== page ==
Also, Jay Hunter Morris and Voigt are given extensive screen time. Bryn Terfel is not interviewed and is just seen backstage before his entrance looking for a bent nail for good luck (taking a cue from Pavarotti). Blythe is seen but not heard. Ditto Eric Owens. Jonas Kaufmann is not seen at all. Neither is Eva-Maria Westbroek. Konig is seen in Rheingold Fafner guise complaining that the machine moved and if he loses a foot the Met will have trouble finding another Wagner bass to replace him (Ze plank mooft!).

    Anyway, the message is that after all the trouble, the machine worked and the Ring was completed. On another note, Lepage was out of town for the Tribeca premiere getting his genius award in Boston or wherever. Gelb was at the premiere and did partipate in the Q&A. He himself was not exactly beaming with pride or blowing his own horn about his project. He seemed rather tired of the whole thing and just going through the necessary motions and saying the expected things. A big moment came when an audience member compared the Mets trials with the problems Julie Taymor went through in “Spiderman”. A woman stood up in the audience and said “Excuse me but I am Julie Taymor”. Taymor then denied that Spiderman cost 75 million (just a measly 35 mil) and praised Gelb for giving directors full rein. Met subscribers might wish otherwise. She then said she loved the film though she suffered with Lepage and all the performers and crew since she has experience the same trials and tribulations.

    • Bosah says:

      As quoted in other blogs directly following the premier, that wasn’t Voigt’s answer re feminism. In fact, she was said to have very strongly suggested, “Oh yes, Brunnhilde is a feminist.”

      • Bosah says:

        Check that. A friend just told me that, when asked the question, Voigt said, “Um, gee, I guess you could say that!” and then laughed before saying that “yes, Brunnhilde is a feminist.” As in, “Well, duh.”

        My friend said she and many in the audience found the comment funny, as I assume it was supposed to be. But, to get the joke, it does require a small sense of humor and a willingness not to automatically think the worst of someone.

        I did appreciate the rest of the information on the documentary in the post, however.

    • irontongue says:

      Ahahaha, why didn’t someone ask Julie Taymore how many lawsuits she thought The Machine might be involved in?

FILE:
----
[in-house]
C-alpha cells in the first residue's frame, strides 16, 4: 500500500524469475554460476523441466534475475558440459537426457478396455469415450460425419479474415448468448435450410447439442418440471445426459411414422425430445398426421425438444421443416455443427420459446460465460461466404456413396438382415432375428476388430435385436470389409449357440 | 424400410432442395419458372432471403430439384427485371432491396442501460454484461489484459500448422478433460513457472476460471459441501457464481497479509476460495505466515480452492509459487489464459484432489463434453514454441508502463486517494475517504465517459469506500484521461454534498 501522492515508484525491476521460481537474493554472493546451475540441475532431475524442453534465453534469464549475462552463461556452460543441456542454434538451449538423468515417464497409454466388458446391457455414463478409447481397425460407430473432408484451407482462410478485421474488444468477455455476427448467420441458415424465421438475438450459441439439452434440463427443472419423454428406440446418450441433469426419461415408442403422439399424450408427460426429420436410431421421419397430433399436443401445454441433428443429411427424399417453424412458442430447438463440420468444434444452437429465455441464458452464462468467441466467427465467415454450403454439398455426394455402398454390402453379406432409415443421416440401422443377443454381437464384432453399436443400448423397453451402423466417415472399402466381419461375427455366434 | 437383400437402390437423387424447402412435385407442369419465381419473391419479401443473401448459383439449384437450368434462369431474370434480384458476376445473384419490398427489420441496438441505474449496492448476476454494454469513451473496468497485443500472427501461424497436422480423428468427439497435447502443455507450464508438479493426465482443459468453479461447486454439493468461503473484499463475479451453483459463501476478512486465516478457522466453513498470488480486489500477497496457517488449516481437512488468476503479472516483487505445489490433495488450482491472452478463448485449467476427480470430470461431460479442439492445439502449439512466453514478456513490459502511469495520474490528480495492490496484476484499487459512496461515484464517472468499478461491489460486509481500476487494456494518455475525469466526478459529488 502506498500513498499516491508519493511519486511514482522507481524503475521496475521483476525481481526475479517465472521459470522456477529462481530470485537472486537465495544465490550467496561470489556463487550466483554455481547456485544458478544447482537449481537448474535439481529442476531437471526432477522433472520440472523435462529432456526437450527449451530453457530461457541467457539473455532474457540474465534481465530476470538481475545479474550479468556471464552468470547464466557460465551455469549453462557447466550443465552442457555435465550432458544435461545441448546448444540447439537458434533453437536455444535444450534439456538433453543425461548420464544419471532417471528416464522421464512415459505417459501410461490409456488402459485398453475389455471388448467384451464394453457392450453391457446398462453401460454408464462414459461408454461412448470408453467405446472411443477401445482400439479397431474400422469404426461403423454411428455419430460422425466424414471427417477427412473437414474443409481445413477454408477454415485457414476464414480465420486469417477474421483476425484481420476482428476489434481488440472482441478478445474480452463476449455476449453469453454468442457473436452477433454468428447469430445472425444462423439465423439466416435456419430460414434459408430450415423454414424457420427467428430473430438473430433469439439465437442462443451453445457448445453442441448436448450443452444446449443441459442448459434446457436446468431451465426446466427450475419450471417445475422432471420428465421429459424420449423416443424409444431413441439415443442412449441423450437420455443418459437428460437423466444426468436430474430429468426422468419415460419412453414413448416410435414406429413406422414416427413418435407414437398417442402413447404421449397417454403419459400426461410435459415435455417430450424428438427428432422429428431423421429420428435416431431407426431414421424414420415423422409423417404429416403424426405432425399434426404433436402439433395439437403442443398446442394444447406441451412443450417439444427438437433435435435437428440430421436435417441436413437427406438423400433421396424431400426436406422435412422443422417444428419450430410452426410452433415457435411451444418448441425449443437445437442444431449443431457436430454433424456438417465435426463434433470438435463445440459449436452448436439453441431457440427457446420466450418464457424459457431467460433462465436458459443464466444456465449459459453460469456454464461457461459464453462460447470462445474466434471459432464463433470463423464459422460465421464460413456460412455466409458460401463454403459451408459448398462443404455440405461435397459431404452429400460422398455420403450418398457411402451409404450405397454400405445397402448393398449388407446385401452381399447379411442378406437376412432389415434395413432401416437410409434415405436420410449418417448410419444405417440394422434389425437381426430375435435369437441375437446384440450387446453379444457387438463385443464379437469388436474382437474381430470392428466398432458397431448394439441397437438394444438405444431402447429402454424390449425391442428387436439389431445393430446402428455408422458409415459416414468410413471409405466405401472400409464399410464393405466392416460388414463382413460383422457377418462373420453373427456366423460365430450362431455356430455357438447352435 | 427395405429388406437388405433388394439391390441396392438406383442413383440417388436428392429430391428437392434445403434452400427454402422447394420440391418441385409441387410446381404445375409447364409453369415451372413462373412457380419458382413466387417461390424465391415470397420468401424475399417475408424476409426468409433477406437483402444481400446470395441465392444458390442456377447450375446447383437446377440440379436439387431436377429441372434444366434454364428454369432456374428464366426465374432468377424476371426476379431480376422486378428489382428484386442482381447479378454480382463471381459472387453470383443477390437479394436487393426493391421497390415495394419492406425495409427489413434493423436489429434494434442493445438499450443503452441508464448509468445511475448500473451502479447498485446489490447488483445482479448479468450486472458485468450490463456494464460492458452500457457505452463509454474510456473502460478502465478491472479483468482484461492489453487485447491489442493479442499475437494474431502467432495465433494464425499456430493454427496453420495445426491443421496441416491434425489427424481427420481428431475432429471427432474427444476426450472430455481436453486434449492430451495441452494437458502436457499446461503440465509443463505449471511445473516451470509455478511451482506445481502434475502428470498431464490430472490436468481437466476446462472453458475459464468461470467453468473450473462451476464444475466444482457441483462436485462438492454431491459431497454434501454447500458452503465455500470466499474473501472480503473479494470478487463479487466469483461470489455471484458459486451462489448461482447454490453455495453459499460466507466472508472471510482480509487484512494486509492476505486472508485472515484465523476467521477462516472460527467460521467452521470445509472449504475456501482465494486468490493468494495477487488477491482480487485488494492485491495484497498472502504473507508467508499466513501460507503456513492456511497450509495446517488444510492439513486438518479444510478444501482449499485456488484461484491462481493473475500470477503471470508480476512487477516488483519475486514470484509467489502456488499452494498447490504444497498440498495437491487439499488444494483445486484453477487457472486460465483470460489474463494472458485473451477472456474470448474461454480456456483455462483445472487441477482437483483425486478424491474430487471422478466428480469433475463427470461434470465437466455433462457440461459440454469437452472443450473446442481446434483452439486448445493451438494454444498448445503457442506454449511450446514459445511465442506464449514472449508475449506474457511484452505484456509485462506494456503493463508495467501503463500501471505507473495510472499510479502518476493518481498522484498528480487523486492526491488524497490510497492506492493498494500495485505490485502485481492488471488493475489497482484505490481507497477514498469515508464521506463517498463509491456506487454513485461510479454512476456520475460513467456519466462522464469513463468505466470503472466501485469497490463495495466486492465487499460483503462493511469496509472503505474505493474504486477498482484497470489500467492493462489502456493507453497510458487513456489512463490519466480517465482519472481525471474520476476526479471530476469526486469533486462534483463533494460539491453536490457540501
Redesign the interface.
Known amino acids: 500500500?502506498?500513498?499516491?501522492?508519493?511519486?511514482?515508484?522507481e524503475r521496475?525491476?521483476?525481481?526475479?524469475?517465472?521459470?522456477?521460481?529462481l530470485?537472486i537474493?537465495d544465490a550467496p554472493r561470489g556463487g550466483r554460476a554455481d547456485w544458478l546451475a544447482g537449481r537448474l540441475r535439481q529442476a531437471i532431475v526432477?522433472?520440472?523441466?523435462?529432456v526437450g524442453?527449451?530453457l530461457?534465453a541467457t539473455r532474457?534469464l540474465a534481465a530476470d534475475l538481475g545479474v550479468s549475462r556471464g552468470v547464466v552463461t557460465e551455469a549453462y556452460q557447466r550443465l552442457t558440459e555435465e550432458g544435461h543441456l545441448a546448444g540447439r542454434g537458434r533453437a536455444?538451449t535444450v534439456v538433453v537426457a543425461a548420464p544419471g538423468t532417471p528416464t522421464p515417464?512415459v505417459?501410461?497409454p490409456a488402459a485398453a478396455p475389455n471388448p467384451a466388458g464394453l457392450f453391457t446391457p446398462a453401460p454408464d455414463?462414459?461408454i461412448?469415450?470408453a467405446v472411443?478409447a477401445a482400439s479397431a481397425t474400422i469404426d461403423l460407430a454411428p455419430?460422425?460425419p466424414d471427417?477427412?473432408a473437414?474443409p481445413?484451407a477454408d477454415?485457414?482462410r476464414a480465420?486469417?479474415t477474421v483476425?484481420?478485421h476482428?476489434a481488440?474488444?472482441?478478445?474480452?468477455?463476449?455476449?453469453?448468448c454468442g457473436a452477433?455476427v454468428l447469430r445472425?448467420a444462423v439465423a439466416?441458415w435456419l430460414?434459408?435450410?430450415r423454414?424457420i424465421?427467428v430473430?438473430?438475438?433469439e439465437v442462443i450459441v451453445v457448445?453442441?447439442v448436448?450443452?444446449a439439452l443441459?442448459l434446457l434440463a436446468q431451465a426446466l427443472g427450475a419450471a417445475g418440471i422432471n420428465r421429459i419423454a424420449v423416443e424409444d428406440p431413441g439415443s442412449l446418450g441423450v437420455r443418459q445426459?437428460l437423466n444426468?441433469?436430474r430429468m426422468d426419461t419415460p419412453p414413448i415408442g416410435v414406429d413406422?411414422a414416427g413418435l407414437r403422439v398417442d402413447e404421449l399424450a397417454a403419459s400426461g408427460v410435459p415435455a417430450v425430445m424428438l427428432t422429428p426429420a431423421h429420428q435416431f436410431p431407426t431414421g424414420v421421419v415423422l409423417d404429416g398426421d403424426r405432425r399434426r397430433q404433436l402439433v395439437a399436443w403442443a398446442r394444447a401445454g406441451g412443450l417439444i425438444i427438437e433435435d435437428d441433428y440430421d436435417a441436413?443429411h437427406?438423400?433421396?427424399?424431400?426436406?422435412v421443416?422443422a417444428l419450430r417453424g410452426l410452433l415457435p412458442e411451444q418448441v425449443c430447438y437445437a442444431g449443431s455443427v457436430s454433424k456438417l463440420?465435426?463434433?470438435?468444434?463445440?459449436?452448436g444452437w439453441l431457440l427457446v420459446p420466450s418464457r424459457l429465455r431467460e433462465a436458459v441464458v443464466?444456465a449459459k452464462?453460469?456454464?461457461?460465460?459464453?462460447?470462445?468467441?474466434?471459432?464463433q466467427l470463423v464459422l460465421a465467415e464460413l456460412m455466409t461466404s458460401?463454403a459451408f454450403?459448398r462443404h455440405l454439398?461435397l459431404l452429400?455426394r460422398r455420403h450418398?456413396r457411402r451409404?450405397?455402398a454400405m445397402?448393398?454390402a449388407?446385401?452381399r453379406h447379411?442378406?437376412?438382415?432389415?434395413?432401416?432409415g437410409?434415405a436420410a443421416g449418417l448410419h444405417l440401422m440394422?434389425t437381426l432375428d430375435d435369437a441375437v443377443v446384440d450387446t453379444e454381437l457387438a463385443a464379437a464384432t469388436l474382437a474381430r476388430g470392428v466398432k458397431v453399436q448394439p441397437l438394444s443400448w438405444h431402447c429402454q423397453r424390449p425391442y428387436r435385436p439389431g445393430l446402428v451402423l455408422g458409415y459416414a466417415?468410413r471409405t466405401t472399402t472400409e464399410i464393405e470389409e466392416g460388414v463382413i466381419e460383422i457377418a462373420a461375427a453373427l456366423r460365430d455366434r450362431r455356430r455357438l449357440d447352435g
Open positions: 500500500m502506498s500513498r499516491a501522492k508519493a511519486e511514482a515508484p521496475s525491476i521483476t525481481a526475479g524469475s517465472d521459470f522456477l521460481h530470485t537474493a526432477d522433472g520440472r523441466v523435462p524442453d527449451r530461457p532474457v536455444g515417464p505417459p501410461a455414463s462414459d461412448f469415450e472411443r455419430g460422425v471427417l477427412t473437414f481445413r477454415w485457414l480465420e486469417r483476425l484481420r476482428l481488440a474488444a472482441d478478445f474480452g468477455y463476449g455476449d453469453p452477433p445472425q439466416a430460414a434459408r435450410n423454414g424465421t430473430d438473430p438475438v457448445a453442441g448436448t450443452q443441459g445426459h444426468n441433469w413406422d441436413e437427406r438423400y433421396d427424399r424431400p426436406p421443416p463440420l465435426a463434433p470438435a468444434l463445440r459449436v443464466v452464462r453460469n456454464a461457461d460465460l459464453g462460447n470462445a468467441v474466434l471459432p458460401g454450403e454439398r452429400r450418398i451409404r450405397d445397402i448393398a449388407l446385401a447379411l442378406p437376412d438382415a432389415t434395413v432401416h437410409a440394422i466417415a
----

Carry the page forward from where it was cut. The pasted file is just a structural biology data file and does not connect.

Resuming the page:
• Mrs Rance says:

      “Das Ewig-Weibliche
      Zieht uns hinan.”

    • operaguy says:

      Interesting. Isn’t Taymor the only living director to actually have a success with a production created at the Met (imports don’t count) during the Gelb reign.

  • rysanekfreak says:

    In addition to the already-requested clairvoyant answers, I would like the seer to ask the following:

    1. What does Puccini think of the various Turandot endings now available?

    2. What does Verdi think of chopping cabalettas in half?

    3. What does Pasta think of Callas’s Norma?

    4. And please ask Truman Capote where he hid the complete manuscript of Answered Prayers.

    thank you

    • operaguy says:

      Maestro Puccini told me: “Ha! Now the idiots can understand why I never finished it!”

  • marshiemarkII says:

    But the point is, caro Bosah, not that Brunnhilde “is a feminist” but rather that Wagner set her out as a feminist exemplar, for all the brilliant reasons Gualtier explained, namely the men are all tragic fuck-ups or worse. It’s not as if Brunnhilde shoves the men out of the way to do the great deed at the end, but it is Wagner who bestows upon her the great duty, because none of the men are worthy, quite the contrary, they are the ones who created the mess in the first place. So if Debbie Joy had really thought about in any kind of intellectual way, she could have come up with something along the lines of my explanation above (for example), but her shrug “oh yeah, maybe.., whatever…” shows she hasn’t really given any great thought to the matter, as Gualtier correctly points out.